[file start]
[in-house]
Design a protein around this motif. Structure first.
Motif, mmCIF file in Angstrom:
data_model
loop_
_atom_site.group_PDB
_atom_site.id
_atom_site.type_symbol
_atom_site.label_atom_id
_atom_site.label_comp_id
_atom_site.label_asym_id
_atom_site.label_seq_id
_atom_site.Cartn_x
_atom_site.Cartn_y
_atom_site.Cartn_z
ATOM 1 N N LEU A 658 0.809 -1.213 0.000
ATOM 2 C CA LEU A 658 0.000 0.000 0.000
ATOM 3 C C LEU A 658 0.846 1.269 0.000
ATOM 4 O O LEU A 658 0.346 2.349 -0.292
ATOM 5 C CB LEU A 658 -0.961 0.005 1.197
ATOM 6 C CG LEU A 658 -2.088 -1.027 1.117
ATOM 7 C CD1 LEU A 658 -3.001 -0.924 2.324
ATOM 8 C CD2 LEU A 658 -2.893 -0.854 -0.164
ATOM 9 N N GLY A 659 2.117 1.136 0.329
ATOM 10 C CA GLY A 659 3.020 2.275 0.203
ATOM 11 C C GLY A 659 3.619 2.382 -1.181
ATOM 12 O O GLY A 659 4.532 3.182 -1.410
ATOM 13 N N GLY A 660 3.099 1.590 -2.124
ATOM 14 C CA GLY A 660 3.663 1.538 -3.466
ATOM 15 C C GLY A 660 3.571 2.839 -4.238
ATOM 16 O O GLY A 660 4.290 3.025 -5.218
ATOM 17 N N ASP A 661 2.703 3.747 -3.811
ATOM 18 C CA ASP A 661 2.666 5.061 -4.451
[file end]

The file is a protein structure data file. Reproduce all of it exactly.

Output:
[in-house]
Design a protein around this motif. Structure first.
Motif, mmCIF file in Angstrom:
data_model
loop_
_atom_site.group_PDB
_atom_site.id
_atom_site.type_symbol
_atom_site.label_atom_id
_atom_site.label_comp_id
_atom_site.label_asym_id
_atom_site.label_seq_id
_atom_site.Cartn_x
_atom_site.Cartn_y
_atom_site.Cartn_z
ATOM 1 N N LEU A 658 0.809 -1.213 0.000
ATOM 2 C CA LEU A 658 0.000 0.000 0.000
ATOM 3 C C LEU A 658 0.846 1.269 0.000
ATOM 4 O O LEU A 658 0.346 2.349 -0.292
ATOM 5 C CB LEU A 658 -0.961 0.005 1.197
ATOM 6 C CG LEU A 658 -2.088 -1.027 1.117
ATOM 7 C CD1 LEU A 658 -3.001 -0.924 2.324
ATOM 8 C CD2 LEU A 658 -2.893 -0.854 -0.164
ATOM 9 N N GLY A 659 2.117 1.136 0.329
ATOM 10 C CA GLY A 659 3.020 2.275 0.203
ATOM 11 C C GLY A 659 3.619 2.382 -1.181
ATOM 12 O O GLY A 659 4.532 3.182 -1.410
ATOM 13 N N GLY A 660 3.099 1.590 -2.124
ATOM 14 C CA GLY A 660 3.663 1.538 -3.466
ATOM 15 C C GLY A 660 3.571 2.839 -4.238
ATOM 16 O O GLY A 660 4.290 3.025 -5.218
ATOM 17 N N ASP A 661 2.703 3.747 -3.811
ATOM 18 C CA ASP A 661 2.666 5.061 -4.451